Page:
In order to secure an early release of a key $1.7 billion tranche from the International Monetary Fund to his country, which is grappling with a worsening economic crisis, Pakistan’s army chief contacted Washington on Saturday.
According to reports, Gen. Qamar Javed Bajwa reportedly raised the matter with U.S. Deputy Secretary of State Wendy Sherman and pleaded with Washington to utilize its clout with the IMF to aid Pakistan. The army chief’s request represented a rare act of outreach as Gen. Bajwa is the Army Cheif of the nation, neither the Prime Minister nor Finance minister.
Under previous Prime Minister Imran Khan, who was removed in a vote of no-confidence, Pakistan’s ties with the US were exceptionally hostile. But Pakistan’s military, which has administered the nation directly for more than half of its 75-year existence, has cultivated close ties with the United States and served as an official ally in the fight against al-Qaida.
Bajwa and Sherman’s conversation was verified by Pakistan’s foreign ministry on Friday. Ministry spokesperson Asim Iftikhar said, “I understand (the) conversation has taken place, but at this stage, I am not in direct knowledge of the content of this discussion.”
The rescue agreement was initially inked in 2019 by Pakistan and the IMF. But since the IMF voiced concerns about Pakistan’s compliance with the conditions of the contract under Khan, the release of a $1.7 billion tranche has been put on hold.
Khan’s successor as prime minister, Shahbaz Sharif, and his administration revived the bailout package earlier this month after reaching a preliminary deal with the IMF. The board of directors of the fund had to approve that deal.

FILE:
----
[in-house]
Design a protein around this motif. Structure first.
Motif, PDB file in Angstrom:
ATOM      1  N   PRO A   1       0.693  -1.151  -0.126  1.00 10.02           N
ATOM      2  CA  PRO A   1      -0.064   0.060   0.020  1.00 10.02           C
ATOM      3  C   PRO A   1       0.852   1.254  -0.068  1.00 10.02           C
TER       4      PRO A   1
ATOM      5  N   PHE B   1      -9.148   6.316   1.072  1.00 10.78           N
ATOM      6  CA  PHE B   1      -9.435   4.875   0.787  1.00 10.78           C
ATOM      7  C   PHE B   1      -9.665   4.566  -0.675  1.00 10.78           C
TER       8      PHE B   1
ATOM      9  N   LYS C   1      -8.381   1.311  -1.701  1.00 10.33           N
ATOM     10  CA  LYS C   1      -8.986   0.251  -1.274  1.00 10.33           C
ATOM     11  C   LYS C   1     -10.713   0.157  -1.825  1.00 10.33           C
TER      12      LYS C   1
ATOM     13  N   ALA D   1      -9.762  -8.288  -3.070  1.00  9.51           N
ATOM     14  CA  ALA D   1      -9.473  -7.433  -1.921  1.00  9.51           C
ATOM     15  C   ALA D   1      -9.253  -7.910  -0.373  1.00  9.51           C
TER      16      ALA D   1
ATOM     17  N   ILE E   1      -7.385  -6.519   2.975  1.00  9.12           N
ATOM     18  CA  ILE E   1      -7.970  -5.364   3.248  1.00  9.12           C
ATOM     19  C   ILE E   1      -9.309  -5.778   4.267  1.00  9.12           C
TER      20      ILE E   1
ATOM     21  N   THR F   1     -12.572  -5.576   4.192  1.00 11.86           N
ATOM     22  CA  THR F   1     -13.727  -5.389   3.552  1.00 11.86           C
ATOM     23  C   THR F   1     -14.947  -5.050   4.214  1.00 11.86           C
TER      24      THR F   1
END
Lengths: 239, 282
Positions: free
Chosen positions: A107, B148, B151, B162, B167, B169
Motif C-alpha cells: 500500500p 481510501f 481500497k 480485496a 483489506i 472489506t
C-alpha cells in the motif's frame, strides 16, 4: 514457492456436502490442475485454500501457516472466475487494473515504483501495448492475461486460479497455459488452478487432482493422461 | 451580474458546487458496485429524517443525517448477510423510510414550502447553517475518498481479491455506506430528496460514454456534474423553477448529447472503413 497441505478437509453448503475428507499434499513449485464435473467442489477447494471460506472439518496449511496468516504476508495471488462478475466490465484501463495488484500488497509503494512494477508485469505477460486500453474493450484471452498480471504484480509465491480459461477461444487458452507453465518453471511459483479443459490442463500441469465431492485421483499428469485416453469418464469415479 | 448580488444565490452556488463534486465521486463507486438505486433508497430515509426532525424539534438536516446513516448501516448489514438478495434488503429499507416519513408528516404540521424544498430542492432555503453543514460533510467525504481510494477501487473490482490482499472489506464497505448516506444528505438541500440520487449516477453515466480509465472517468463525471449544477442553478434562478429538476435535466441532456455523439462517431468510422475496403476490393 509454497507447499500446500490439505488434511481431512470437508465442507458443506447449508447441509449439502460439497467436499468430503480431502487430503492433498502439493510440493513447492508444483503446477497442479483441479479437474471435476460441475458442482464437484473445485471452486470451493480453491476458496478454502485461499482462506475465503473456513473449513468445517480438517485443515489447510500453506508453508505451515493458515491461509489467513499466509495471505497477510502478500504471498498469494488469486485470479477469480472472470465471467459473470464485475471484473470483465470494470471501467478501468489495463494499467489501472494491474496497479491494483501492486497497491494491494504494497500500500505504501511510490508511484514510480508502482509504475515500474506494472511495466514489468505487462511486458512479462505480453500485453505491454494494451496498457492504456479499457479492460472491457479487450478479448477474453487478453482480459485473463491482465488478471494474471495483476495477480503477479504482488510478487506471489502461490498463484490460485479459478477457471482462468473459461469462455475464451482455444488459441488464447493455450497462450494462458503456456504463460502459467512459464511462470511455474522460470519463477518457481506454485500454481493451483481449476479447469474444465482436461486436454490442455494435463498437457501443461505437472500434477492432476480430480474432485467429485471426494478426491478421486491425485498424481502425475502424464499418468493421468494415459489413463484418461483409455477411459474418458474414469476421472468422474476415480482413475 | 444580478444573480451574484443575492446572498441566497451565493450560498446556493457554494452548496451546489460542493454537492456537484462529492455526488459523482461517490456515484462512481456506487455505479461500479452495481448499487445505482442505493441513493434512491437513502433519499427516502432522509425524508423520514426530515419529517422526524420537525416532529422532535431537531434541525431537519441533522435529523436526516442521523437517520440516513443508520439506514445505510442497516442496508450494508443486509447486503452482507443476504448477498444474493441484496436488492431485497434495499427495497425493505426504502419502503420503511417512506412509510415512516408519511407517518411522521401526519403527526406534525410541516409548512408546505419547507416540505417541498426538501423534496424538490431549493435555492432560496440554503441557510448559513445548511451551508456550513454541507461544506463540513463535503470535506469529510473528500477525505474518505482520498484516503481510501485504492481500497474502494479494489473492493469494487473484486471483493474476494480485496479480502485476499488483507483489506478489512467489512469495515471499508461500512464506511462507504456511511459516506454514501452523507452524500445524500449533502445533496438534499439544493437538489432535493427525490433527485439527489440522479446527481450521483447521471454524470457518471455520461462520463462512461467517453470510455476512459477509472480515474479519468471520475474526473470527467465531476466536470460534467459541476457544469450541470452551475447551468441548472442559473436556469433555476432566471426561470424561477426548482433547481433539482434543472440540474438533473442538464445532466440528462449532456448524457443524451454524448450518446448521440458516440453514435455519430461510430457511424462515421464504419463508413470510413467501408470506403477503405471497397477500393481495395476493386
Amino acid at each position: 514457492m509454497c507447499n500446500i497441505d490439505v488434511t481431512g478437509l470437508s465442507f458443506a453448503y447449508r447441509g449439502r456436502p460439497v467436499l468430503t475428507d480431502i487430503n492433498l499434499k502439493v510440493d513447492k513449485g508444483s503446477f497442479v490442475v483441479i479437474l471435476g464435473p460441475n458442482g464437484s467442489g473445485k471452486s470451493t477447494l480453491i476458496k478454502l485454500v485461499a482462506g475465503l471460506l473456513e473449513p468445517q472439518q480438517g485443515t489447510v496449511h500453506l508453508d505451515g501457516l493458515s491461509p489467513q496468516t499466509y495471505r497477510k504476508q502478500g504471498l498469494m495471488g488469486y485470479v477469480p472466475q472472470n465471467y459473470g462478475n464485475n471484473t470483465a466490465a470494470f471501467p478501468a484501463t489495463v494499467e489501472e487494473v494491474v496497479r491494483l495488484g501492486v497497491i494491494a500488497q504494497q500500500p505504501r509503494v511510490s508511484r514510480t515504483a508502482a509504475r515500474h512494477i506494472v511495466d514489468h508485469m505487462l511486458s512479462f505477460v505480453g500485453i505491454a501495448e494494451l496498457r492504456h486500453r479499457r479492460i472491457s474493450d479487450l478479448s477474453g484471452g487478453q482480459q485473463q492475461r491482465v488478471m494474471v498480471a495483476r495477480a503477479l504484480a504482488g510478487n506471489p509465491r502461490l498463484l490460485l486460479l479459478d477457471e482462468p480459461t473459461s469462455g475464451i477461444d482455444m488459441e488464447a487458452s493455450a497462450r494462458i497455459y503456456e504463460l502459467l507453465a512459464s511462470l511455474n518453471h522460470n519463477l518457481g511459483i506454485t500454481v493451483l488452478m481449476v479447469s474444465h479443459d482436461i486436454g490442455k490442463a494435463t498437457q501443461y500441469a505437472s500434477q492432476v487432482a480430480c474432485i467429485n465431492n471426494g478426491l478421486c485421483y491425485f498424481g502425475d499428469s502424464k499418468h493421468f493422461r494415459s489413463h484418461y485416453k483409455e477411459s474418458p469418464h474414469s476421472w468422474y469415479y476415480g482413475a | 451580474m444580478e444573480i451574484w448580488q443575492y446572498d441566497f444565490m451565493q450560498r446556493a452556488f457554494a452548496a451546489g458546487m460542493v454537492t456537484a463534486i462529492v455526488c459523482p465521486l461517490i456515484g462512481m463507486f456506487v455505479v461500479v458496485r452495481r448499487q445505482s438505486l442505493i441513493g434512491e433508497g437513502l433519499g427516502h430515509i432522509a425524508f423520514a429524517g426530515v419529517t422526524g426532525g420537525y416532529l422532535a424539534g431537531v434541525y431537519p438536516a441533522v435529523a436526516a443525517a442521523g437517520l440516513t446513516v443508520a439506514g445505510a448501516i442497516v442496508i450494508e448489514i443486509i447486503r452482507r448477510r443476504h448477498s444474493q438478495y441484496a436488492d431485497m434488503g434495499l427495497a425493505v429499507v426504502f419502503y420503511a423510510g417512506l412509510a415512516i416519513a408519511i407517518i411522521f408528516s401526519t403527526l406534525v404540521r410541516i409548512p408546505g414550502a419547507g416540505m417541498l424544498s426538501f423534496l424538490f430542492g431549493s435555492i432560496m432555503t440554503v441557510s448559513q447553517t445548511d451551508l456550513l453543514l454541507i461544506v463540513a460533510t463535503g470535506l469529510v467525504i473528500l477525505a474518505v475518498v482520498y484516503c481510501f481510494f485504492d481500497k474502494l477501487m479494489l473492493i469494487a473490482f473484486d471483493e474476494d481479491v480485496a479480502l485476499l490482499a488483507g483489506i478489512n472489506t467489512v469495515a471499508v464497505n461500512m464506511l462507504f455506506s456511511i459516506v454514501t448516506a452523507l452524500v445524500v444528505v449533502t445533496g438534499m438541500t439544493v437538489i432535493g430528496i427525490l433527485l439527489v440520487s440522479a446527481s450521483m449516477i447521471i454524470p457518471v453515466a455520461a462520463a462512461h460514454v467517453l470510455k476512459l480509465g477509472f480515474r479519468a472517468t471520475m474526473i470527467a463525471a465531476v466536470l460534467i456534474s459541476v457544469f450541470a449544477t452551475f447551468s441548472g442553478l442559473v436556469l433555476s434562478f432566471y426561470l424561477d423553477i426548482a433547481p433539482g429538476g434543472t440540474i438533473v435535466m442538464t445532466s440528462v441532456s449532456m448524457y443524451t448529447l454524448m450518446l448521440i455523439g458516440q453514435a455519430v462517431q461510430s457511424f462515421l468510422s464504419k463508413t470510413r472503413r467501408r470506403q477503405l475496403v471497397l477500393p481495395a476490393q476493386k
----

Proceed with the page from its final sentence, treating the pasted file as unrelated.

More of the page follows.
Pakistan had hoped that the bailout would be revived quickly, but the IMF has not yet made the crucial payment as it is shut for three weeks, which may be what motivated Bajwa to call the White House.
Washington did not immediately respond to a request for comment about the call.
According to a military statement, Bajwa also spoke on the phone on Friday with Gen. Michael Kurilla, the commander of US Central Command in the Middle East. According to the report, Kurilla expressed appreciation for Pakistan’s contribution to regional stability and expressed hope for further advancements in bilateral collaboration.
Pakistan is in dire need of an IMF loan. Earlier in July, the fund announced that, if approved by its executive board, generally regarded as a formality, it would increase the bailout’s worth from $6 billion to $7 billion.
Sharif has frequently placed the responsibility on the former prime minister’s administration, claiming that Islamist politician and former cricket player Amir Khan willfully broke the terms of the IMF loan in order to maintain his popularity with supporters at home. Washington and Sharif’s administration have spoken about resuming the IMF bailout.
Pakistan’s currency has fallen to an all-time low since Khan was removed, and IMF support remains questionable. Over the last weekend, the Pakistani rupee fell to a historic low vs the dollar of roughly 240. The price of a dollar was once 225 rupees.
The business community in this Islamic country is in a panic as a result of the currency’s gradual depreciation. After four months in office, Sharif’s government is highly criticized due to rising food costs and inflation.
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